In 1990, almost two-thirds of all Americans under age 65, an estimated 138.7 million people, were covered by employment-based health benefits (see Table 1.1, Chapter 1). This group was about evenly split between those who received coverage directly from their employer and those who received it indirectly through a family member. Analyses from the Rand Corporation using March 1988 CPS data indicate that 11 percent of those eligible for direct employer coverage turn it down because they have other coverage and only 2 percent decline coverage without having other coverage (Long and Marquis, 1992). Many employers require employee participation unless the employee has other coverage.

In 1990, only 9 percent of the nonelderly had private insurance that was not employment based; another 14 percent were covered by Medicaid or some other public program. Virtually all of the elderly are covered by Medicare, although—as discussed below—some have supplemental benefits from a former employer. For the relatively small percentage of those aged 65 through 69 who are employed, federal law requires that any employment-based health benefits serve as primary coverage.

Employment-based coverage is most common for full-time, full-year workers (Table 3.1). Among individuals aged 18 to 64 who were working on a full-time, full-year basis in 1990, some 70 percent had employment-based coverage directly from their own employer, former employer, or union, and another 10 percent of this group received such coverage indirectly through a family member. In contrast, among those who worked on a part-time, full-year basis, only 22 percent reported direct employment-based coverage, whereas 38 percent reported indirect coverage. Among nonworkers aged 18 to 64, just over 40 percent had employment-based coverage, and, not surprisingly, most of this coverage was indirect, although some nonworkers have coverage through former employers. Almost one-third of this group, moreover, had coverage through Medicaid or some other public program.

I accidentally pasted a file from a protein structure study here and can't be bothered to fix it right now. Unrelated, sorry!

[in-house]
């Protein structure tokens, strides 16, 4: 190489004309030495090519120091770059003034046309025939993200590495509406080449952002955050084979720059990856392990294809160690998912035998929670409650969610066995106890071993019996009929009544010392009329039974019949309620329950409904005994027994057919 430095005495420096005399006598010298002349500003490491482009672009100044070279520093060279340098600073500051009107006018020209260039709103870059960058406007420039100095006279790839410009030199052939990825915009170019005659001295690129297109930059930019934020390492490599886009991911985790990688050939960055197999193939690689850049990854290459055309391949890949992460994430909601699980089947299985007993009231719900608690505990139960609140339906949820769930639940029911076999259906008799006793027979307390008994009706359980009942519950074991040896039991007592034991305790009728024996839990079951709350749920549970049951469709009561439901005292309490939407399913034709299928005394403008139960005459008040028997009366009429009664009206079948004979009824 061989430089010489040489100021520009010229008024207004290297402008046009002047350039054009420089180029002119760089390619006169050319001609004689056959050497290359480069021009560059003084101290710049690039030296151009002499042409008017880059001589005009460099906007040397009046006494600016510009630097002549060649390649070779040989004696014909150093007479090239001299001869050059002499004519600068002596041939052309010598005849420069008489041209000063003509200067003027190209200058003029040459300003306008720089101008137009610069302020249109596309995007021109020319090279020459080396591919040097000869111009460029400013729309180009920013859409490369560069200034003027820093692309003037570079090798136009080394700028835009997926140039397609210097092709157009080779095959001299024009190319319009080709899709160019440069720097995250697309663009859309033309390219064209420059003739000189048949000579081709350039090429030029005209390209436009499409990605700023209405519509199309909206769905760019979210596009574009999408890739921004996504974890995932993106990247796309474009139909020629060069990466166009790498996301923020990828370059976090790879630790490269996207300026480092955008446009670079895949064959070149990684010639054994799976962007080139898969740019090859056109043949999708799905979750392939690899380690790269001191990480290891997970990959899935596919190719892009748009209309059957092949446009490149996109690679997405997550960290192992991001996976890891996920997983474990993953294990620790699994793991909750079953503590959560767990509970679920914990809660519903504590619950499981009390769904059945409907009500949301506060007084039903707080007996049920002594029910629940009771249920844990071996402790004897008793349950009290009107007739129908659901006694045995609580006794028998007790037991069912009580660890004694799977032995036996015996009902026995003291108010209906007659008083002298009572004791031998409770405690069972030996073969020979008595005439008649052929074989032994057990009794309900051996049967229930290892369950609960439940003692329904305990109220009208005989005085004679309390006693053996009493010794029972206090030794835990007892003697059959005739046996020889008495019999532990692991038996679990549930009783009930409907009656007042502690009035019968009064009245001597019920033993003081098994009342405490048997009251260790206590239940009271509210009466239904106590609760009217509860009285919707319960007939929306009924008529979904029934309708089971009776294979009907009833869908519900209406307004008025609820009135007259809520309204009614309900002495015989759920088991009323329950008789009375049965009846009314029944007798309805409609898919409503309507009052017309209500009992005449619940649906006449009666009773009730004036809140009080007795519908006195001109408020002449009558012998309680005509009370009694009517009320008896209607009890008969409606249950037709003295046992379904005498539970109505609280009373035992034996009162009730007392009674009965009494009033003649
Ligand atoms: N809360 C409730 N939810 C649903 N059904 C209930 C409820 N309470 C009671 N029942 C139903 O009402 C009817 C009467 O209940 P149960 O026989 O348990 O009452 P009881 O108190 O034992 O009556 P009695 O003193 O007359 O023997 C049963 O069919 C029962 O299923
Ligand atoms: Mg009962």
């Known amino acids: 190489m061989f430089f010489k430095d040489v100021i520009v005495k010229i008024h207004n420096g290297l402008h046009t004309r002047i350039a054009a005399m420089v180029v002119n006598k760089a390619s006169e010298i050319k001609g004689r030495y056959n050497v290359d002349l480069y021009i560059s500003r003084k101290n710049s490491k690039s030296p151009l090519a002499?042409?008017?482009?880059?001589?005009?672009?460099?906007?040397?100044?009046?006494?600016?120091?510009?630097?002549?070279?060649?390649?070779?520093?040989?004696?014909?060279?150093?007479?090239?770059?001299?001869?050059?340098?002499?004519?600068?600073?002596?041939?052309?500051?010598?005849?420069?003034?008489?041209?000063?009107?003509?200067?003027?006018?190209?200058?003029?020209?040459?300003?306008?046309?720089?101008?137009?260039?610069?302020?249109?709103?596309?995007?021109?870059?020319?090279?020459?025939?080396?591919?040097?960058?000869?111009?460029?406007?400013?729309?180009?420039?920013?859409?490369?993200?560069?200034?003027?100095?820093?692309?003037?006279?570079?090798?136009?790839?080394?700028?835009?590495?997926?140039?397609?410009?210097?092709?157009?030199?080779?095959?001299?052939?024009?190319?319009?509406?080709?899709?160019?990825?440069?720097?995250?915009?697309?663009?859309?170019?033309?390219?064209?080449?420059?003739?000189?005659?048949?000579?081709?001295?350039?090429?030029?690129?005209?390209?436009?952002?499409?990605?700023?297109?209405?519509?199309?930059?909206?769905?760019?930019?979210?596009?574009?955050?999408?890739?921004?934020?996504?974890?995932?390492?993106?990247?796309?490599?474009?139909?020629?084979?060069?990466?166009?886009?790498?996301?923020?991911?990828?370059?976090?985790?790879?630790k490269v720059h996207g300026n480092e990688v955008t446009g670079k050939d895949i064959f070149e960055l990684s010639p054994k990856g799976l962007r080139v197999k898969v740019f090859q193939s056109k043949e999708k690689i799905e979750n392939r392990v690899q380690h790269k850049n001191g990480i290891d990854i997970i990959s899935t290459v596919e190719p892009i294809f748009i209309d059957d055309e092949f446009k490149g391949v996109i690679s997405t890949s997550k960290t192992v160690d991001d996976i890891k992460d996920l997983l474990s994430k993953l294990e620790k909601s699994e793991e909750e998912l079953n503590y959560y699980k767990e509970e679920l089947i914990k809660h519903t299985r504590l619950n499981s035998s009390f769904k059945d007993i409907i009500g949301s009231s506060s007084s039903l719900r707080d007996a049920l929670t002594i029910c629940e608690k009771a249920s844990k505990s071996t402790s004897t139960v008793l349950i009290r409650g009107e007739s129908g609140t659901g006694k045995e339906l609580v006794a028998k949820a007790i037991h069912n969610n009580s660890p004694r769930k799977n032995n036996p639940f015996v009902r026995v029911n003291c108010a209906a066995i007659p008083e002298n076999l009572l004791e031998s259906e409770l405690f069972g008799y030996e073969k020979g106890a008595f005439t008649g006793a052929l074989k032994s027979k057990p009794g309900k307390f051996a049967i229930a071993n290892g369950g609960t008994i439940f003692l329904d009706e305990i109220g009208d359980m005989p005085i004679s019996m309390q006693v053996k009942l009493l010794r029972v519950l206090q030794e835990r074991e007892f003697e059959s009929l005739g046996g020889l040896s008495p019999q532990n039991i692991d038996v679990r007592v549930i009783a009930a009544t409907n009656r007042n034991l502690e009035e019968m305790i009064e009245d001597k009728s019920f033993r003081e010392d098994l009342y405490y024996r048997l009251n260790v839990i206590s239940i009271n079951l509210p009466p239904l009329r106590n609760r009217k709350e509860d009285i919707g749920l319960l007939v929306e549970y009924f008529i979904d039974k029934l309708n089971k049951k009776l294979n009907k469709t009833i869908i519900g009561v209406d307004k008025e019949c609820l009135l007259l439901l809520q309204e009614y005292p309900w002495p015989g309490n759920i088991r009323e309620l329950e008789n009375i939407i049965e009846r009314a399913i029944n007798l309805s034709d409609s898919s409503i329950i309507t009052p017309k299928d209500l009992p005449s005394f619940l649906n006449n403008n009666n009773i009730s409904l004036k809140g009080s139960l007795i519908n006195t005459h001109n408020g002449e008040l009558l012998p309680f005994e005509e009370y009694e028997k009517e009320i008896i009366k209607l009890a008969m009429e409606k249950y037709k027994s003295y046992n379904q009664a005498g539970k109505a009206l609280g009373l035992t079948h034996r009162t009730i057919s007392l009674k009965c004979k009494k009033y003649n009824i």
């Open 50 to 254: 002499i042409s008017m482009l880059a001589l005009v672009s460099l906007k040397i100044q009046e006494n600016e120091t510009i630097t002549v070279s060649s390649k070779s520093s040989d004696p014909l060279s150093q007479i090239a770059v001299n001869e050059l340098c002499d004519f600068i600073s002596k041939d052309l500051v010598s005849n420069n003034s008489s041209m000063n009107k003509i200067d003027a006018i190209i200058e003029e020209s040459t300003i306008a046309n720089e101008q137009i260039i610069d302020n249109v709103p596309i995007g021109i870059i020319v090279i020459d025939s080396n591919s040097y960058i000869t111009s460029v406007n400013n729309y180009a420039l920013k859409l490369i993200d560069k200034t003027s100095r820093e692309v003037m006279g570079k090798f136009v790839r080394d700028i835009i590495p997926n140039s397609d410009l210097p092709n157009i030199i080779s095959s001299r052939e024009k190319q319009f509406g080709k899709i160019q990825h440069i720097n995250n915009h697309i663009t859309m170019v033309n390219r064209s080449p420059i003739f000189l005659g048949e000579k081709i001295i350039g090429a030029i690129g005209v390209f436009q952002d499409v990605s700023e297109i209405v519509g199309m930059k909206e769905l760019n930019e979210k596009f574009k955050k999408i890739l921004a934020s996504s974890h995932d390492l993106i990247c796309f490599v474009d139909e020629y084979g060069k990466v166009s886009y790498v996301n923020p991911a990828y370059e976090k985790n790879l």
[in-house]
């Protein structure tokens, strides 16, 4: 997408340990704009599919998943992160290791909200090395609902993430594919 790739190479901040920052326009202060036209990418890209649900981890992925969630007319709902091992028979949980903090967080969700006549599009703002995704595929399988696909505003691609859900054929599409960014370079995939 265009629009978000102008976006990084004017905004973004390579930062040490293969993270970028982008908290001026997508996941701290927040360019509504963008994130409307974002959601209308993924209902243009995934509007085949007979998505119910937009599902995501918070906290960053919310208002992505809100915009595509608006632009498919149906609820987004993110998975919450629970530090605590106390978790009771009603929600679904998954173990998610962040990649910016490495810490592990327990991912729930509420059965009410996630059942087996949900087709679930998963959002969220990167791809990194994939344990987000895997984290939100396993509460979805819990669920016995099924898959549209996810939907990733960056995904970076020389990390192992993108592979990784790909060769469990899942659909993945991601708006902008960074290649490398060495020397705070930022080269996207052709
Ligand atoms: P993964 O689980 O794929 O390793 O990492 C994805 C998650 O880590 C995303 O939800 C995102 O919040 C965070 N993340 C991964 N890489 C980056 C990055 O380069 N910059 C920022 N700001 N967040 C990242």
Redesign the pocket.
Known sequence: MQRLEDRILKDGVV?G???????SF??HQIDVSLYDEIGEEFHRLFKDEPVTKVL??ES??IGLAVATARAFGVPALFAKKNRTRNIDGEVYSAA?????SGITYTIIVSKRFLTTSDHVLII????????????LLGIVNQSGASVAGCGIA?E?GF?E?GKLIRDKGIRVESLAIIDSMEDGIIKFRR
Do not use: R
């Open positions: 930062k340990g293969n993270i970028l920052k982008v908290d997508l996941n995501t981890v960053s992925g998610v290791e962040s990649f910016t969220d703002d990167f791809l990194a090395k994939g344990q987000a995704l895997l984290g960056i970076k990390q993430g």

Virtually all organizations that offer coverage to employees also offer coverage to family members, although such coverage is less likely than individual coverage to be fully financed by the employer. In 1990, in addition to nonemployed adults with indirect coverage, about 60 percent of children received employment-based coverage indirectly through a family


the term for purposes of allowing deductions and exemptions on personal income tax returns. However, individuals eligible for health benefit coverage are not always dependents (as defined by the IRS), and dependents are not necessarily eligible for coverage. Two examples illustrate these points. On the one hand, a small number of employers have expanded access to health benefits by extending coverage to domestic partners, some covering only same-sex partners and others covering both same-sex and opposite-sex partners (Schachner, 1992). On the other hand, some states have mandated coverage for individuals who clearly qualify as dependents (e.g., newborns) but who have sometimes been excluded from conventional insurance plans. Table 3.5 shows categories of eligibles mandated by some states.

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